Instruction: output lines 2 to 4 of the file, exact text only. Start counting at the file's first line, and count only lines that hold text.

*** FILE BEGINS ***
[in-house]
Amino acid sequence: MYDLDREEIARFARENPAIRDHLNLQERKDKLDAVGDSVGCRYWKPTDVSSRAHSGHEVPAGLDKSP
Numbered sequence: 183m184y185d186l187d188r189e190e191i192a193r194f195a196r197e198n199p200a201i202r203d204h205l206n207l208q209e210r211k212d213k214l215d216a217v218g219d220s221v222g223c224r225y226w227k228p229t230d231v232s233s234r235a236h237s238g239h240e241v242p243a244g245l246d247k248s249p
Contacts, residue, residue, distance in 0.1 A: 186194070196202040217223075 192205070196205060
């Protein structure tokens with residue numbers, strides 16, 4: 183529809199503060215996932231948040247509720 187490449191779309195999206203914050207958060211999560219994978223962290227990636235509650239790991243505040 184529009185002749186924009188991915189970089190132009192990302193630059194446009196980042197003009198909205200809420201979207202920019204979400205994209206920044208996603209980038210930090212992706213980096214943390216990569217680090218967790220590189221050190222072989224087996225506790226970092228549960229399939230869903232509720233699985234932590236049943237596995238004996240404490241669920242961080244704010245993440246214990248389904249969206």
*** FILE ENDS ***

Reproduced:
Amino acid sequence: MYDLDREEIARFARENPAIRDHLNLQERKDKLDAVGDSVGCRYWKPTDVSSRAHSGHEVPAGLDKSP
Numbered sequence: 183m184y185d186l187d188r189e190e191i192a193r194f195a196r197e198n199p200a201i202r203d204h205l206n207l208q209e210r211k212d213k214l215d216a217v218g219d220s221v222g223c224r225y226w227k228p229t230d231v232s233s234r235a236h237s238g239h240e241v242p243a244g245l246d247k248s249p
Contacts, residue, residue, distance in 0.1 A: 186194070196202040217223075 192205070196205060